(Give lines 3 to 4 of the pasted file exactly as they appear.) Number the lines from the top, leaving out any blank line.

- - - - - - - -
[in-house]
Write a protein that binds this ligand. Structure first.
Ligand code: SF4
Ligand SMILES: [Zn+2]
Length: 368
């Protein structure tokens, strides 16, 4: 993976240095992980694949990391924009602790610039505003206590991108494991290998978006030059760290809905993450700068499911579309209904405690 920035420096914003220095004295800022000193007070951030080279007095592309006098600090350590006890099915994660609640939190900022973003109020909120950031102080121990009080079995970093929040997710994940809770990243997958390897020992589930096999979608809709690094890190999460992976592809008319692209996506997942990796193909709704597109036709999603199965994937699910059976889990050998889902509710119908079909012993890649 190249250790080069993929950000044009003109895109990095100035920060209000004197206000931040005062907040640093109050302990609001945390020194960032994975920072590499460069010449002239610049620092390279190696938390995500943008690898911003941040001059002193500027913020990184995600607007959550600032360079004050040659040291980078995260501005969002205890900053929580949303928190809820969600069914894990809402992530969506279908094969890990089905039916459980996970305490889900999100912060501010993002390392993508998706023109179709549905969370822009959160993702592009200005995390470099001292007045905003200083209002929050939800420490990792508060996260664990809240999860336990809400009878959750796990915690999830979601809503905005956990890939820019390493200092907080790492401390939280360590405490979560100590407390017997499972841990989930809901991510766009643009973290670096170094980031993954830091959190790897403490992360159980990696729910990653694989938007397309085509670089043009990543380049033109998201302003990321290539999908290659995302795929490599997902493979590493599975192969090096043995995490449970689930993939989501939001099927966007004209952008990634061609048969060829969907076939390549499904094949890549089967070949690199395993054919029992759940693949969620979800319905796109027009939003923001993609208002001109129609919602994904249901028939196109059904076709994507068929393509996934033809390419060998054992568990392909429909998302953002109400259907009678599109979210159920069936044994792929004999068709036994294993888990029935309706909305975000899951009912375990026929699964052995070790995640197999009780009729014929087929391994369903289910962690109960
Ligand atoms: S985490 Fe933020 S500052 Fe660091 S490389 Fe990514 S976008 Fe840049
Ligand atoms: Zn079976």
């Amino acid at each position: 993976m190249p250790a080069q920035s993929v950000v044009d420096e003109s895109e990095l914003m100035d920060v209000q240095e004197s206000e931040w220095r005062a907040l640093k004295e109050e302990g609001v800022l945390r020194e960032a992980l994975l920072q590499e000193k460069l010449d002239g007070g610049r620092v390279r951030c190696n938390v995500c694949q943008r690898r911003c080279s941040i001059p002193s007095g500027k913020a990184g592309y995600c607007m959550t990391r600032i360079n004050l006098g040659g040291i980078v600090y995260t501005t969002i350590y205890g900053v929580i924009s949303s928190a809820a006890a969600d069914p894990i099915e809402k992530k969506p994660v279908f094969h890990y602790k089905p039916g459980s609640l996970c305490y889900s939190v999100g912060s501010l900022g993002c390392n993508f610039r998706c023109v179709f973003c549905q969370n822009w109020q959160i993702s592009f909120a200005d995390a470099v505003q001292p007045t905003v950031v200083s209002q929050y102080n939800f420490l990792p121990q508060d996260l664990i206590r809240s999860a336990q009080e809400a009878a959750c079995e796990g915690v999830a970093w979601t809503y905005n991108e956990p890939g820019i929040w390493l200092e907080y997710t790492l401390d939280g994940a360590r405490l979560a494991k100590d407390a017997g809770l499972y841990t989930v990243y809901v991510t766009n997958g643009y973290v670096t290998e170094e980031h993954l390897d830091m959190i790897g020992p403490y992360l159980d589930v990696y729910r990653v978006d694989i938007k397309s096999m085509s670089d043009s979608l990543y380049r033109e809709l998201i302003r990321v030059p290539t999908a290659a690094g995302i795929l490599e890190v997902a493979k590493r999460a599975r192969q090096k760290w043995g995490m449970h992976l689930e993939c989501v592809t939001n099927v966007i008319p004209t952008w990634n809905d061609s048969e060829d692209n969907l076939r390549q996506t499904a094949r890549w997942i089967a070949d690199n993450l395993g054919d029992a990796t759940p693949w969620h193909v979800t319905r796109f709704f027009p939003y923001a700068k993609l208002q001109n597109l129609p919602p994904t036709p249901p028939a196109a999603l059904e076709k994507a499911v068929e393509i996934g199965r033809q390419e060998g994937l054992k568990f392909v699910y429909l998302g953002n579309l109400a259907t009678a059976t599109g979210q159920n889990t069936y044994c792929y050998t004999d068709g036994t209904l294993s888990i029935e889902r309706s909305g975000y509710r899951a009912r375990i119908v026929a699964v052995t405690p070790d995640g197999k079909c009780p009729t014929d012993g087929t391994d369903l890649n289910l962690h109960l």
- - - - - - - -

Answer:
Ligand code: SF4
Ligand SMILES: [Zn+2]